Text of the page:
Just as during the communion meals the wealthy were “shaming” the poor, and some may be visiting boy prostitutes (one interpretation of Paul’s unusual word in chapter 6), the wealthy elites are manipulating the disadvantaged before the law. Going to court is probably another instance of those who are powerful taking advantage of the disadvantaged. In some way the poor, powerless, or those of lower social status are being defrauded, perhaps being cheated out of their wages, being cheated in business, or being dispossessed of their property. The more powerful were using the courts to their advantage so as, in Paul’s words, to “defraud” or cheat their brothers. Paul is incensed that those who would claim the name of Christ would attempt to use the law – the law of the “unrighteous” or “unjust” – so as to defraud and take advantage of those who are dependent upon the “righteous” good will of fellow Christians.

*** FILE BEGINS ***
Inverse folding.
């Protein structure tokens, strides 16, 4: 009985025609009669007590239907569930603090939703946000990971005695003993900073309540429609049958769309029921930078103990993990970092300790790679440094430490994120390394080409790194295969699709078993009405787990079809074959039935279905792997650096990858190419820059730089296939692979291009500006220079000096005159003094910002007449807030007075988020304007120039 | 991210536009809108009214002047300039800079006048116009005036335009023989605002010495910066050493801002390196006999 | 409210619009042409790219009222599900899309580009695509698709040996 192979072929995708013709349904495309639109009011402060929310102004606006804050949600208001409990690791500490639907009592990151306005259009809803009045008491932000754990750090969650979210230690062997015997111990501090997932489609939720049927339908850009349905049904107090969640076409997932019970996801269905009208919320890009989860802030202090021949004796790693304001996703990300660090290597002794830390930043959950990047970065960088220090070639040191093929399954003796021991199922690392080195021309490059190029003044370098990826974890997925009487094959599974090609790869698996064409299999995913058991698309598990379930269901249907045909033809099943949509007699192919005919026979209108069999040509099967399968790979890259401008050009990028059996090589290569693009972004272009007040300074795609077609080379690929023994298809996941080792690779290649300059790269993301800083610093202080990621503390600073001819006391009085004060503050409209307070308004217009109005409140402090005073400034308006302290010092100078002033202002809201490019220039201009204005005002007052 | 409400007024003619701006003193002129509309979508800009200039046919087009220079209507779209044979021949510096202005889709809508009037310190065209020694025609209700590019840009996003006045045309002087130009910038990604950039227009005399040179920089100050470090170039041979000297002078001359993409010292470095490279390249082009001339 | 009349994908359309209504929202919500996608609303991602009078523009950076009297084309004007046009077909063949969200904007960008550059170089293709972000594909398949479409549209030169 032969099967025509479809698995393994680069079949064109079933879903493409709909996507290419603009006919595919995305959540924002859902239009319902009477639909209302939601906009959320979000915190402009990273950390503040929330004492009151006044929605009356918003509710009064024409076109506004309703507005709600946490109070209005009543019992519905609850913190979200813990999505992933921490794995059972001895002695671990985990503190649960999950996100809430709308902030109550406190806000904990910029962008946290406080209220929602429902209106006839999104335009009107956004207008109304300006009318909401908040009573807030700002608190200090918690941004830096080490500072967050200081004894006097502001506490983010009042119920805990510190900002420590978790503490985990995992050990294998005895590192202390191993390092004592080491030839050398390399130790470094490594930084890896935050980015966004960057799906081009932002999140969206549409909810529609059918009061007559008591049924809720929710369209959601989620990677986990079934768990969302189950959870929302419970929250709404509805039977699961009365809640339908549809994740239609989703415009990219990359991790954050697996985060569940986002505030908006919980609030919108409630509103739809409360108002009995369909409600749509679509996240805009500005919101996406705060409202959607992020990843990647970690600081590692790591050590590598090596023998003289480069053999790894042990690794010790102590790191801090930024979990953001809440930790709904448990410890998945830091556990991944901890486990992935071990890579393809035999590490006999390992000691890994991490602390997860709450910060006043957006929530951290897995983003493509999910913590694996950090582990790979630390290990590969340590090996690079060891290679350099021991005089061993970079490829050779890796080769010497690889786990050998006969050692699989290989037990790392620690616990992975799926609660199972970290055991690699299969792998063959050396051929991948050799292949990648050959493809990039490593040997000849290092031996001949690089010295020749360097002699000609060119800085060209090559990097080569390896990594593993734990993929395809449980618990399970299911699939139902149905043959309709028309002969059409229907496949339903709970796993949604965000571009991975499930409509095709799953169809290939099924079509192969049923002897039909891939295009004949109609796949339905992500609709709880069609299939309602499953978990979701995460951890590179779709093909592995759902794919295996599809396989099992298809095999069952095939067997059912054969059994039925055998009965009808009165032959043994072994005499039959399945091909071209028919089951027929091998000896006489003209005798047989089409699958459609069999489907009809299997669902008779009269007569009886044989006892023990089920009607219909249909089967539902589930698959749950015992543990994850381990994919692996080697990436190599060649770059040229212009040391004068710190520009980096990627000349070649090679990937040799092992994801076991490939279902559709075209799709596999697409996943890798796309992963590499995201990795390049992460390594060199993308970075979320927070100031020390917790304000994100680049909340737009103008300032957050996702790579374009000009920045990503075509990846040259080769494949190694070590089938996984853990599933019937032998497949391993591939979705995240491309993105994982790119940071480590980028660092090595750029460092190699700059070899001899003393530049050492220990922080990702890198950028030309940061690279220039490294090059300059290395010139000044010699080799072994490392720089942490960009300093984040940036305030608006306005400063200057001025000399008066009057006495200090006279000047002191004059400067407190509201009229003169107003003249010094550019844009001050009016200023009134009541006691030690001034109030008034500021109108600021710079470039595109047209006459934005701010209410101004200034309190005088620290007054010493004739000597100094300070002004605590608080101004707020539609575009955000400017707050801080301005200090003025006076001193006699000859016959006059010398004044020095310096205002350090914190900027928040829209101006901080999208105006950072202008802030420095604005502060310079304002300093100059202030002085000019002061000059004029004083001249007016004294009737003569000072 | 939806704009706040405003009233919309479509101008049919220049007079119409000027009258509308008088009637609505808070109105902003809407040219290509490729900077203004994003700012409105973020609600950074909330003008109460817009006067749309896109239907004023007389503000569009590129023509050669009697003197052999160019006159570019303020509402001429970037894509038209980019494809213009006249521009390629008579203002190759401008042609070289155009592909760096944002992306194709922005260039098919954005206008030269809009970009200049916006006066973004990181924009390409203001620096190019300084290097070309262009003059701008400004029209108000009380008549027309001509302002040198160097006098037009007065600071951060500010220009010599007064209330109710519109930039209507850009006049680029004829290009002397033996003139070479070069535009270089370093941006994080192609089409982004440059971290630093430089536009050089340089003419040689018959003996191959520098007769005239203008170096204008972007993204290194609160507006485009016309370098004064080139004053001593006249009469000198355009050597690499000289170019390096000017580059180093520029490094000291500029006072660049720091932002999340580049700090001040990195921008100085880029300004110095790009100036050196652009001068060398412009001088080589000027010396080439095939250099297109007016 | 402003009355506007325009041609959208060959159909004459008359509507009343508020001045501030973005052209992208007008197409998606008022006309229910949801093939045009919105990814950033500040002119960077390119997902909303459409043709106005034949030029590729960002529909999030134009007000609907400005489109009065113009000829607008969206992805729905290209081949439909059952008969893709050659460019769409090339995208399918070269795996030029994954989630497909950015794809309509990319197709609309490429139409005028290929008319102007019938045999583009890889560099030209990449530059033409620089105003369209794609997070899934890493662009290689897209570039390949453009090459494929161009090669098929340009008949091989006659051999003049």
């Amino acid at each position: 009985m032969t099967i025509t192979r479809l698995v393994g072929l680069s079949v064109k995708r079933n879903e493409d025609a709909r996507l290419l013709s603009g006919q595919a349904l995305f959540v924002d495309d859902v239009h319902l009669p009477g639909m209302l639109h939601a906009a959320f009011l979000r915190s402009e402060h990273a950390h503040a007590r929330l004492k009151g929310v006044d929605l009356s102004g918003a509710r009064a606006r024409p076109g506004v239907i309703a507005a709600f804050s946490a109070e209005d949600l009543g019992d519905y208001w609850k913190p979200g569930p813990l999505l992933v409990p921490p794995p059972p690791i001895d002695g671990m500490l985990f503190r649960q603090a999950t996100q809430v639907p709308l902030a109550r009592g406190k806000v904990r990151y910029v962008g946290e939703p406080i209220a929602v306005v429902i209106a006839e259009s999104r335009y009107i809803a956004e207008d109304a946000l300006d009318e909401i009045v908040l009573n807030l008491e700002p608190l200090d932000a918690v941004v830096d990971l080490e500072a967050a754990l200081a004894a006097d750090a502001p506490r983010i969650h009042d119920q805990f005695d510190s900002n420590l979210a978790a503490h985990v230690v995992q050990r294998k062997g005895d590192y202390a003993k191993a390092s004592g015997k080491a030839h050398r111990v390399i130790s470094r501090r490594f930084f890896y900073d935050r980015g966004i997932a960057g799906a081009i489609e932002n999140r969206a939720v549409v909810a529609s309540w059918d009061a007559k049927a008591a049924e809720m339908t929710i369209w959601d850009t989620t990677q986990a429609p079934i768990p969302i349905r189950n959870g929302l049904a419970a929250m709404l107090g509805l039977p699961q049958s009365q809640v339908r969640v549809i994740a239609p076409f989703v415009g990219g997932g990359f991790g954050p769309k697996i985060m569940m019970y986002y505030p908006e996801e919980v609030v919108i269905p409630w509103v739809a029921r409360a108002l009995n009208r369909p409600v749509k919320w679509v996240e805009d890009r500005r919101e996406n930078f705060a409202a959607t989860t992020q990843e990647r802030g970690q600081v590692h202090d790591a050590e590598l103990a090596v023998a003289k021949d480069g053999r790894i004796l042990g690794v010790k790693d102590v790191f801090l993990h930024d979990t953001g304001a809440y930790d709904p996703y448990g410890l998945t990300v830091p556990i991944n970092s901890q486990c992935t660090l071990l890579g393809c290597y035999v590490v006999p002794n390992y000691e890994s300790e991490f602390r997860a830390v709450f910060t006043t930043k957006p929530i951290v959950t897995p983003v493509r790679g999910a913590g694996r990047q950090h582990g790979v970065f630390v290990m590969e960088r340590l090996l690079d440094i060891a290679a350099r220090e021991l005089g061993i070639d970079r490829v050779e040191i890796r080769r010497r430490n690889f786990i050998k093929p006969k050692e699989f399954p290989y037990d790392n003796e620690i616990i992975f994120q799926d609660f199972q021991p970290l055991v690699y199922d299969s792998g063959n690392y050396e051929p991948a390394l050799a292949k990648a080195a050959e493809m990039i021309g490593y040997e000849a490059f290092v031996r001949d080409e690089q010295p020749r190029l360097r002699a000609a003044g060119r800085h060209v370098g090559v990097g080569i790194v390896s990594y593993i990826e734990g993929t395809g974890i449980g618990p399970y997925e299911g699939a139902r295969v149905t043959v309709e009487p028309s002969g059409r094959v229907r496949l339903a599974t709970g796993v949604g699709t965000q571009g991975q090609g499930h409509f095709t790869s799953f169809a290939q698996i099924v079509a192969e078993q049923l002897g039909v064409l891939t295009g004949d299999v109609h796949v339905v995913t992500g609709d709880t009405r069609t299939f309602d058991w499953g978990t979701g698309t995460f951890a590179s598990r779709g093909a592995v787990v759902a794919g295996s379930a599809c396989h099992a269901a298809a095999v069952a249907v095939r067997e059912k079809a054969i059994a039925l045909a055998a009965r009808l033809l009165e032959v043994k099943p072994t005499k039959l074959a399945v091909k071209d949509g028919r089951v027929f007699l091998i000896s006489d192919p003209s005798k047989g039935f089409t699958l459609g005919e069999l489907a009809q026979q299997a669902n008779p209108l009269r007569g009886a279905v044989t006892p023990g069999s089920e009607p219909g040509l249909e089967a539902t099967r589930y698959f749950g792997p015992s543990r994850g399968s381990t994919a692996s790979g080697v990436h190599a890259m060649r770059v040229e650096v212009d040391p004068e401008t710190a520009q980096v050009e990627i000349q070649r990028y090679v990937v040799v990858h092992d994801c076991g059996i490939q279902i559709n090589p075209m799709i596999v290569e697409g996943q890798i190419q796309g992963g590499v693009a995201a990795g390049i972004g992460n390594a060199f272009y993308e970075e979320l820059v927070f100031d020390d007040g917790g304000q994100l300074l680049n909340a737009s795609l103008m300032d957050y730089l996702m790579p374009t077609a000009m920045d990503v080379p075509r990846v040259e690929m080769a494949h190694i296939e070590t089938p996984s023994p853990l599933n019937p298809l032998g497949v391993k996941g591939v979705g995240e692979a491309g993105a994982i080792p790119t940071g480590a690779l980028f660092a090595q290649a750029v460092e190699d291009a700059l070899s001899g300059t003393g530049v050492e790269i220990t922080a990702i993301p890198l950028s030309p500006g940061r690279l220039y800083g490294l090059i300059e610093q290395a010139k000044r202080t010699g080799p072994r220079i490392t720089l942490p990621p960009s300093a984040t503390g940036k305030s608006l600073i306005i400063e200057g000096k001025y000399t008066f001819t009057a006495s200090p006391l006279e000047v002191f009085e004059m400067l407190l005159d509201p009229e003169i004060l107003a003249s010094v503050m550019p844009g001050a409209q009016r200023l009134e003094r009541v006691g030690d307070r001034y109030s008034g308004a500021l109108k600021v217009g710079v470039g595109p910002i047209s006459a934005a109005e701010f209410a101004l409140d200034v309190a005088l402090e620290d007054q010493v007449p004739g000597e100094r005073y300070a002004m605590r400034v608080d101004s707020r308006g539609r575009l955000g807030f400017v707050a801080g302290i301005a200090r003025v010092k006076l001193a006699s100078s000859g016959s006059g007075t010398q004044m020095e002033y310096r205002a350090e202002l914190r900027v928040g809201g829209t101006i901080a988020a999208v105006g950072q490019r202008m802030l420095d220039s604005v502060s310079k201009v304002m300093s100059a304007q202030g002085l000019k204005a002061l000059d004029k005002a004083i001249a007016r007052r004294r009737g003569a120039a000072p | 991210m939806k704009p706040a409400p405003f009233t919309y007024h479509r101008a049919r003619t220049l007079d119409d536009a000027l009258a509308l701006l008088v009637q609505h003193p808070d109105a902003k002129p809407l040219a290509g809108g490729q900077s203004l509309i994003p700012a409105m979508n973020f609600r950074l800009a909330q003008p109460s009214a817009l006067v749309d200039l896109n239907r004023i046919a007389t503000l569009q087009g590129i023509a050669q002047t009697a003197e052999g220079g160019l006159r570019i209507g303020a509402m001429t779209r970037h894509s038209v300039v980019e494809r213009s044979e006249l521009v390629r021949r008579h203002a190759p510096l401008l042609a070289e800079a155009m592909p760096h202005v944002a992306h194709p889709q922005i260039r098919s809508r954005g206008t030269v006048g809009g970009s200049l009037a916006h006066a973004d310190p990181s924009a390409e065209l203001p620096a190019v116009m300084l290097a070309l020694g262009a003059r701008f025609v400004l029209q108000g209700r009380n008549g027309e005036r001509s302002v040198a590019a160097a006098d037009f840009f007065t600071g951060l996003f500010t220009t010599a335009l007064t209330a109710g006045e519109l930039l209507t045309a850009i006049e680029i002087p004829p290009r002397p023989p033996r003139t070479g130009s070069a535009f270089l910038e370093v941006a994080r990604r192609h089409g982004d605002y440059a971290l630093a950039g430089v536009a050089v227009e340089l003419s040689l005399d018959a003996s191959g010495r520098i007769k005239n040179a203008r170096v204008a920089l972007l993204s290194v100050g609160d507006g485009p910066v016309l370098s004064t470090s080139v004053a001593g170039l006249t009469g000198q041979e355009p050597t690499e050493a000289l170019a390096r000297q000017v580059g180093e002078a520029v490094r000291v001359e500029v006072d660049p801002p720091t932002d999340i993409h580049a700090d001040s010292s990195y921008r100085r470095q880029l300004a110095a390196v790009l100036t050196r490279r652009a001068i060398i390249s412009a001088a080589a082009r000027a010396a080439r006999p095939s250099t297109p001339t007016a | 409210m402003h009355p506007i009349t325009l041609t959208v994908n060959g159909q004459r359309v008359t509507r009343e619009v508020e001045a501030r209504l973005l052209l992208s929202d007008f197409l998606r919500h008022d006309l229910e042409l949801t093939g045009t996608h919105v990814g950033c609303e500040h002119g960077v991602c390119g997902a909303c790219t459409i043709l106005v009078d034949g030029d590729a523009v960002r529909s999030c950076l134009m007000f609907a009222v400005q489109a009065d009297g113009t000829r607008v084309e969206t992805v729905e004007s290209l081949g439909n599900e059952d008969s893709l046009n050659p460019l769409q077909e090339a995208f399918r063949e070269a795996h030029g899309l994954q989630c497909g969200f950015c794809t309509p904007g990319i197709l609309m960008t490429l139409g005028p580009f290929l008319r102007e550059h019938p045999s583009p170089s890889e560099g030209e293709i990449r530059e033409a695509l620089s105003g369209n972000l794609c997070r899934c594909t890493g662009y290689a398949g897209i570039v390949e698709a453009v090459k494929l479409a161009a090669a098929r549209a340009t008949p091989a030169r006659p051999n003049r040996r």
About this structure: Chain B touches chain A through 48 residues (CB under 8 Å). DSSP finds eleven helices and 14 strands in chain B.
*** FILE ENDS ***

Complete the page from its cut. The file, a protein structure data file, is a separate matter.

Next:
To use law so as to defraud a brother who is already disadvantaged probably accounts for Paul’s sternness in this chapter. While we easily understand Paul’s outrage with the sexual sin of chapter 5, we may not so easily understand his being so disturbed with brother taking brother to court. Paul gives his explanation: “you yourselves wrong and defraud. You do this even to your brethren” (1 Co 6:8). It may be that, like James, Paul has in mind passages from Leviticus in which the worst sort of sin is when an employer takes advantage of his workers. James gives the severest warning to those with power and position who take advantage of those under their power. “Behold, the pay of the laborers who mowed your fields, and which has been withheld by you, cries out against you; and the outcry of those who did the harvesting has reached the ears of the Lord of Sabbath” (Jas 5:4).